‘Out of control’: 26% rise in cases of syphilis and other STDs in US

A sharp rise in the cases of common sexually transmitted diseases (STDs) in the United States, in 2021 has reportedly alarmed some health officials and sexual health advocates. According to the data from the US Centers for Disease Control and Prevention, the number of infections has increased for several STDs including, gonorrhoea and syphilis while the cases of HIV have also surged. 

The cases of infections like syphilis rose by 26% between 2020 and 2021, with the data indicating at least 52,354 cases of primary and secondary syphilis that were reported last year. This was the highest rate of infections recorded since 1991, while the total number of cases reached its highest since 1948. This is being compared to the 7% rise in syphilis infections between 2019 and 2020. 

According to the data from CDC, the rate of syphilis infections is the greatest among American Indian and Alaska Native persons. While men who have sex with other men are disproportionately affected by these infections. There was an overall 4.4% of increase from 2020 to 2021, in the rates of the three common STDs including chlamydia and gonorrhoea. 

Syphilis particularly can be a concerning infection, as the bacterial disease can surface as genital sores but can worsen over time with severe symptoms and death if left untreated. On the other hand, there was a 16% rise in the cases of HIV last year, reports indicate. “We must work collectively to rebuild, innovate, and expand STI prevention in the US – to close existing gaps, create lasting change and realize this vision,” said CDC’s director of STD prevention, Leandro Mena, in a statement. 
 

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Mena’s remarks were made Monday, during the 2022 STD Prevention Conference, by the CDC and the National Coalition of STD Directors. The conference will be held virtually this year between September 19-22, during which experts reportedly discuss the ongoing epidemics, emerging research and new prevention efforts in the US.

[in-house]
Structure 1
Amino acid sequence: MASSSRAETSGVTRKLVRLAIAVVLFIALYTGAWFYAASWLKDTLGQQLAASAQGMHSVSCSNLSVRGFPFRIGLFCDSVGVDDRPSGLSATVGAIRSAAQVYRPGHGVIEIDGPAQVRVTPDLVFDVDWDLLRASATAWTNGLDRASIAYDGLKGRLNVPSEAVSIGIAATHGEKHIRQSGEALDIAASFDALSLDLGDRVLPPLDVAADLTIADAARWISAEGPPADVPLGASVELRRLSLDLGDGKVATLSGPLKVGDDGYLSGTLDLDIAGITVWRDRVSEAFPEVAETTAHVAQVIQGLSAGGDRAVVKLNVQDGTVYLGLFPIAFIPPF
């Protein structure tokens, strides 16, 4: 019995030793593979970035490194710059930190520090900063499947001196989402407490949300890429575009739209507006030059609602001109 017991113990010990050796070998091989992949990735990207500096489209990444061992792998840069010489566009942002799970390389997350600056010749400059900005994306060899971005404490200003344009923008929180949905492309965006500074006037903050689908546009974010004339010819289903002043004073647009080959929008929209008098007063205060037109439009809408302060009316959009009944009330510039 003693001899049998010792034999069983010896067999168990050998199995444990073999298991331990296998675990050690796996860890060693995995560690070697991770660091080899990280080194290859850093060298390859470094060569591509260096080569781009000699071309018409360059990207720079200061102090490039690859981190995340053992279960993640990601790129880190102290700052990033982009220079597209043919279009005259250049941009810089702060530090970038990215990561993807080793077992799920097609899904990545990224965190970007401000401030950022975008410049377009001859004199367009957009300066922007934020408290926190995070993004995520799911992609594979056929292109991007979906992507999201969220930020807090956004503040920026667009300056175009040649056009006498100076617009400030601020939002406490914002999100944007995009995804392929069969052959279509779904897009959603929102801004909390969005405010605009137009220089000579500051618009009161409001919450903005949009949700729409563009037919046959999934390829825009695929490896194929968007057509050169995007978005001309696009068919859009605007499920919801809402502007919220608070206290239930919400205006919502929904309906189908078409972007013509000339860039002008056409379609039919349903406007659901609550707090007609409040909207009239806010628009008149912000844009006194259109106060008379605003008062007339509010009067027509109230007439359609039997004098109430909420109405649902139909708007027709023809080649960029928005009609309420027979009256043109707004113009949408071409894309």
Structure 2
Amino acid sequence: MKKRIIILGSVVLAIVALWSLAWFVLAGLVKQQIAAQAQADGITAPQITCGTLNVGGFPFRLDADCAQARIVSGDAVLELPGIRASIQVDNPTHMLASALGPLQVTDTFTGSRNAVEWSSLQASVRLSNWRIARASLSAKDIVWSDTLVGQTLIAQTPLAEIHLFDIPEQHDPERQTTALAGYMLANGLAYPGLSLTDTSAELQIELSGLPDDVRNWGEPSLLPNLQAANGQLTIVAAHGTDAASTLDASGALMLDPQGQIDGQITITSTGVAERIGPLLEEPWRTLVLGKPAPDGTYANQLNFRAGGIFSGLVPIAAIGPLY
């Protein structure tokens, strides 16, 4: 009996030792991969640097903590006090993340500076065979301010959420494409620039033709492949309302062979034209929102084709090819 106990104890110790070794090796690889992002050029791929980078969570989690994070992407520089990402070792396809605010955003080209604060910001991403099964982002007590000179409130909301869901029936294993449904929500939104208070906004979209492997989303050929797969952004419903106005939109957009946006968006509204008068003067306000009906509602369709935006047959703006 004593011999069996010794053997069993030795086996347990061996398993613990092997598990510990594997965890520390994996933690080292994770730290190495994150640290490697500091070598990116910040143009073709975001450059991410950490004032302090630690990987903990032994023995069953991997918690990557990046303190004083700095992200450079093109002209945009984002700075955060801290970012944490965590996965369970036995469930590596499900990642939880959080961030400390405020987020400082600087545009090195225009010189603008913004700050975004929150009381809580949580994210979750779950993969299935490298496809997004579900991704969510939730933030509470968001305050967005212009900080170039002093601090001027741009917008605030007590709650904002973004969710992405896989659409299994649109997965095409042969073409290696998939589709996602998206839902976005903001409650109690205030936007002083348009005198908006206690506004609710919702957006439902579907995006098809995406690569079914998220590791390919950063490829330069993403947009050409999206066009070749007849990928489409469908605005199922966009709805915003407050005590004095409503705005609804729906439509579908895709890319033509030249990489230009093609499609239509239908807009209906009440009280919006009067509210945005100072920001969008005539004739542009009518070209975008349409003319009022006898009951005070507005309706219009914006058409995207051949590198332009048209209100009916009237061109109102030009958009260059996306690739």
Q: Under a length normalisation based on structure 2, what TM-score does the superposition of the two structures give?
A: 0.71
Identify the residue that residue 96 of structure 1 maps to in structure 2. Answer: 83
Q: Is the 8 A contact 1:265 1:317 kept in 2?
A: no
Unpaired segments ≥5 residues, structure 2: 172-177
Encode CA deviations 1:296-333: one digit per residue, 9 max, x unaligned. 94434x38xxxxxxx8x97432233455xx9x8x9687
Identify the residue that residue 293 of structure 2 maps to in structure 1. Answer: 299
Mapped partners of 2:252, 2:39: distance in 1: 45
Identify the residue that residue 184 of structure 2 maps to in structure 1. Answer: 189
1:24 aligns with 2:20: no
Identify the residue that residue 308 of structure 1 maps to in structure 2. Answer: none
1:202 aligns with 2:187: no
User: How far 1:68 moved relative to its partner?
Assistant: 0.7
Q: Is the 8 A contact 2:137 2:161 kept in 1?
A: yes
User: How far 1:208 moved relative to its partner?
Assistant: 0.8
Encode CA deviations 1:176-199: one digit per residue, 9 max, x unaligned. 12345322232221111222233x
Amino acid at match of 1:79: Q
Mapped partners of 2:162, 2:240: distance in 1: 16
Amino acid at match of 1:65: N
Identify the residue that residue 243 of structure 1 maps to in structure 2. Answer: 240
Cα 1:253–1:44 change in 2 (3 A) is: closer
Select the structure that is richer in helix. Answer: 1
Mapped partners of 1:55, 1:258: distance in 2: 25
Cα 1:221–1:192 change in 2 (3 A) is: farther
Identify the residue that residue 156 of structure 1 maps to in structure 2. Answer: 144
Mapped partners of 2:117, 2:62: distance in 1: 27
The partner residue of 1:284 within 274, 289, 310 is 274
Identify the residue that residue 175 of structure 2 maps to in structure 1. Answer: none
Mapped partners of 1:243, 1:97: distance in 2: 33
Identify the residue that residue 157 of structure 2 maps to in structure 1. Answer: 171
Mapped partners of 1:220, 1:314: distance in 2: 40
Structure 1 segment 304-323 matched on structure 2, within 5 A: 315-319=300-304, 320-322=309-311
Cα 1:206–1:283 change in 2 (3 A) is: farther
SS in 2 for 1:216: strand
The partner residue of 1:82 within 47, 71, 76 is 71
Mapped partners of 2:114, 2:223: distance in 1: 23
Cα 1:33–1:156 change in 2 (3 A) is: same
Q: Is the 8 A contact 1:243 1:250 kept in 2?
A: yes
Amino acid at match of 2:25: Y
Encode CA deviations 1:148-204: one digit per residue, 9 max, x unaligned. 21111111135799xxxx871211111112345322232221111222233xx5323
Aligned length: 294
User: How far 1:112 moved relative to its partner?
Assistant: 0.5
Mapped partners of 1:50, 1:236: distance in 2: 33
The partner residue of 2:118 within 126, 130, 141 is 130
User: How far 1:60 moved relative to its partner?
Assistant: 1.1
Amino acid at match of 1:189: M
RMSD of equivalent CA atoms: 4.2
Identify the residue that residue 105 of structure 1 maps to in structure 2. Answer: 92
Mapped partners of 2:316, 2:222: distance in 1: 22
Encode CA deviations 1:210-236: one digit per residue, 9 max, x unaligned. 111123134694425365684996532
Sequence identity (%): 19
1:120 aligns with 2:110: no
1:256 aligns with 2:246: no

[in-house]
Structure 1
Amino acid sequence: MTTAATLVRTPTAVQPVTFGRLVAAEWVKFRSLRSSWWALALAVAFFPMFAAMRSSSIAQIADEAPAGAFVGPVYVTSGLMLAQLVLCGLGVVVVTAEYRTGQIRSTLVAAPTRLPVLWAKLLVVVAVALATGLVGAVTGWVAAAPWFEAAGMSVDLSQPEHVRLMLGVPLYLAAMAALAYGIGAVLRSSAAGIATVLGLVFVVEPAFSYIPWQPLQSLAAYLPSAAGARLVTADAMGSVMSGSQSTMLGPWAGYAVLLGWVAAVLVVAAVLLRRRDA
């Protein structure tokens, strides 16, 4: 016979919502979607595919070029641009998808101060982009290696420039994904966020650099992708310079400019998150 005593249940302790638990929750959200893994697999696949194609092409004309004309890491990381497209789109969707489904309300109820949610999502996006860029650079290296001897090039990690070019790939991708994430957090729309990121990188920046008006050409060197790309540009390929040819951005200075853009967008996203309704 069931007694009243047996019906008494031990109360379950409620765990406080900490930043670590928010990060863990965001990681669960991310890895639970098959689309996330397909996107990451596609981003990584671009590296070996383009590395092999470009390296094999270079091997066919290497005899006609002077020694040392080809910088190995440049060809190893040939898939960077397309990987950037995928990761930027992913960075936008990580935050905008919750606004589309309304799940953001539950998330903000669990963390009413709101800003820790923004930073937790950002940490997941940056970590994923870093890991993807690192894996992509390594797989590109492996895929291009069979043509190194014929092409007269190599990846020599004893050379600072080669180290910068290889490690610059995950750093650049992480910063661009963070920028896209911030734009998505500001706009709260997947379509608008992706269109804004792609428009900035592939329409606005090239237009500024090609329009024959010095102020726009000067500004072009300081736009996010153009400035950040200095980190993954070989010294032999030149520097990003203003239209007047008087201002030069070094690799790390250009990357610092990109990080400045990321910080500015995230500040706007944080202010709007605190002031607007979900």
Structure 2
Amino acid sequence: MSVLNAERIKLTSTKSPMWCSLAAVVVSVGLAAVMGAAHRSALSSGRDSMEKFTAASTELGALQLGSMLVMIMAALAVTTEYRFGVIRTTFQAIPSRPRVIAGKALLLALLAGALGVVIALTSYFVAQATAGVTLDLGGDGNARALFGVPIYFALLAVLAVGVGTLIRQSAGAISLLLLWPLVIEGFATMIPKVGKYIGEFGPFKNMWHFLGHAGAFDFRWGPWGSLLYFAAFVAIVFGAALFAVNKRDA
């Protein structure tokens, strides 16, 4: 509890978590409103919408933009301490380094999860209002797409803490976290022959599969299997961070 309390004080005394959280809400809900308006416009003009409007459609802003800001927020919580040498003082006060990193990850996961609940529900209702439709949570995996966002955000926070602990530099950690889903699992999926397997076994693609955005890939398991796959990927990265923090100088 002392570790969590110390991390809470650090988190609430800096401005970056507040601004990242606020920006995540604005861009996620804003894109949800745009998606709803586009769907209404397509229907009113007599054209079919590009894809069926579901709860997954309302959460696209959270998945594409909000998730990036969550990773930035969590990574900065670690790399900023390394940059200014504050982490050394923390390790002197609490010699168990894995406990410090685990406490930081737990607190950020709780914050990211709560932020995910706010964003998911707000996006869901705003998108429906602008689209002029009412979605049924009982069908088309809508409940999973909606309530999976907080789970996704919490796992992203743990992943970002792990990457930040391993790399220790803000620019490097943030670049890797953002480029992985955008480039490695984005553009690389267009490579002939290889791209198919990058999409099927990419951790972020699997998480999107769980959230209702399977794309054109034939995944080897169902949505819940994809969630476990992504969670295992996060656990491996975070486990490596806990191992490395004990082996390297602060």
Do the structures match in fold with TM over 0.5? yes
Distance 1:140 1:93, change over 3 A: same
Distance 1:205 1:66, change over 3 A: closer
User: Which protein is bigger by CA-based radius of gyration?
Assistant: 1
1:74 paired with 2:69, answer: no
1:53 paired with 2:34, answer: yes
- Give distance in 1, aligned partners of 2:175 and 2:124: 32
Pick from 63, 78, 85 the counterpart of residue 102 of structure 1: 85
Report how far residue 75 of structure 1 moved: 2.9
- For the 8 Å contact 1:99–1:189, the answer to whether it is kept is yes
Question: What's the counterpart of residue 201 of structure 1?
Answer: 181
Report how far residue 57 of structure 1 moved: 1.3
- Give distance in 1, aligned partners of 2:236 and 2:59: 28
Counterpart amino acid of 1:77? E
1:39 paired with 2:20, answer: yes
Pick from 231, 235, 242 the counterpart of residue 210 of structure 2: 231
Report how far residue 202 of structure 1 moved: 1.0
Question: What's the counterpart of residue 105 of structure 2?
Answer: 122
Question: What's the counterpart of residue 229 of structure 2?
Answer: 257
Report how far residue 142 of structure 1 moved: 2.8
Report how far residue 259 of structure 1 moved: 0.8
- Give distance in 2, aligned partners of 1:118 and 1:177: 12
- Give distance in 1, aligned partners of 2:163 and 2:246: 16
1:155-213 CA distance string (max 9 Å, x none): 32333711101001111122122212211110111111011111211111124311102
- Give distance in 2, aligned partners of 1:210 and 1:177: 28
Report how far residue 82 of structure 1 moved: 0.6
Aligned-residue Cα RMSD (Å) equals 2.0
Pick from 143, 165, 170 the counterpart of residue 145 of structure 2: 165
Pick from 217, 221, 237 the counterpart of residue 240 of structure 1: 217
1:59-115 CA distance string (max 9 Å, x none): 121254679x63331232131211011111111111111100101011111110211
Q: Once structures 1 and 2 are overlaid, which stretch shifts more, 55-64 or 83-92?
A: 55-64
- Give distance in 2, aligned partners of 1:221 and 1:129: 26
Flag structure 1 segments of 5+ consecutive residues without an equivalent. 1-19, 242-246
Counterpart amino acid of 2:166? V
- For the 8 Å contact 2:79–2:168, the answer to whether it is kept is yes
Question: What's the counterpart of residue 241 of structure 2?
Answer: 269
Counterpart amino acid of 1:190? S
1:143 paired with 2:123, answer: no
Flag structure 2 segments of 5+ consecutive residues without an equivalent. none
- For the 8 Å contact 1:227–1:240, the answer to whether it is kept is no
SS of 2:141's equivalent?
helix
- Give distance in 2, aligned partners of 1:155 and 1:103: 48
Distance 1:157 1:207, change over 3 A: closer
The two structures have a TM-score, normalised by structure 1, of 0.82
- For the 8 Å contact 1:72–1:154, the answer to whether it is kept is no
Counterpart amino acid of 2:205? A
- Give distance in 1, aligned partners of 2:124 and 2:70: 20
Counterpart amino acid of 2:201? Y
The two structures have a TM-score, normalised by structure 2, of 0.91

The cases of syphilis had reached a historic low in the early 2000s, however, since then they have increased almost every year. Additionally, the global outbreak of monkeypox has worsened the situation already deteriorating situation and has further highlighted the gaps in the system concerning the diseases that spread mostly through sex. The executive director of the National Coalition of STD Directors, David Harvey has reportedly called the situation “out of control”. 

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Mena said that experts are also working on new approaches, such as home-test kits for some STDs which would make it easier for people to know if they have any STDs and take necessary precautions to stop the spread of the infections. 

During an interview, Mike Saag, an infectious disease expert at the University of Alabama in Birmingham said, “It’s pretty simple. More sexually transmitted infections occur when people are having more unprotected sex.” Reportedly, he indicated that the core part of any effort to stop the spread of STDs must encourage and increase the use of condoms.

Experts have also indicated that there can be several causes for this increase in STDs, some attributing it to inadequate funding which has led to less testing and prevention efforts and the spread may have gotten worse especially during the Covid-19 pandemic when there was a delay in diagnosis and treatment. 

(With inputs from agencies)